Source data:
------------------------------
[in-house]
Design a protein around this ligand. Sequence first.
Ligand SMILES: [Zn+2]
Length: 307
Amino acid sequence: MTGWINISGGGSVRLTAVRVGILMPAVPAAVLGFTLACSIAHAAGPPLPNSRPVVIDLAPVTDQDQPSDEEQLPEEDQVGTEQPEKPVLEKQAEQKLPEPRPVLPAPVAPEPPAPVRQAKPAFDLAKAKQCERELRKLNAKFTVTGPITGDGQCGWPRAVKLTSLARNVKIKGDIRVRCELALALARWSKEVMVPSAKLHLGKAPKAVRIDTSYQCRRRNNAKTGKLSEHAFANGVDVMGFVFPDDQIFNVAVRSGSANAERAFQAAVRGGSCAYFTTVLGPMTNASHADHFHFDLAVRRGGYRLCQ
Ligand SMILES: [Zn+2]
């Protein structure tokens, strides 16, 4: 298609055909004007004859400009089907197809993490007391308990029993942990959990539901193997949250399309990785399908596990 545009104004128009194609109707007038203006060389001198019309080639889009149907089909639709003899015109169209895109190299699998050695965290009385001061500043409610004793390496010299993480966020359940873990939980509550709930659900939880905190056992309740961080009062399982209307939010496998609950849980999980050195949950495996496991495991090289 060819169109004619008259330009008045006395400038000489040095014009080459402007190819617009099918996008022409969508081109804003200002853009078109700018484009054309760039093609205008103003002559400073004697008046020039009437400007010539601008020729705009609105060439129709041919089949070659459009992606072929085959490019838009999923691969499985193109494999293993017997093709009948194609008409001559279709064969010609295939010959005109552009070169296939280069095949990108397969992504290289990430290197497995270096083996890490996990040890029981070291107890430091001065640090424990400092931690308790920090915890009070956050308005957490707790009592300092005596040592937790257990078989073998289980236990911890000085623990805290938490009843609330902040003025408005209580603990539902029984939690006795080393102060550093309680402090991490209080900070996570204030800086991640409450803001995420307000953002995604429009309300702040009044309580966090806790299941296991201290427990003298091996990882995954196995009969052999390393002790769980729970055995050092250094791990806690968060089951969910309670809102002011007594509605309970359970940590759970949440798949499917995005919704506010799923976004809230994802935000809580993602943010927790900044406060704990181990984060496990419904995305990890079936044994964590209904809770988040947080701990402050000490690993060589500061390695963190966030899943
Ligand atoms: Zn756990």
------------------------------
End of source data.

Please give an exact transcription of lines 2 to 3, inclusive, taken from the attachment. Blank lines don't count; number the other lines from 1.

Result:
Design a protein around this ligand. Sequence first.
Ligand SMILES: [Zn+2]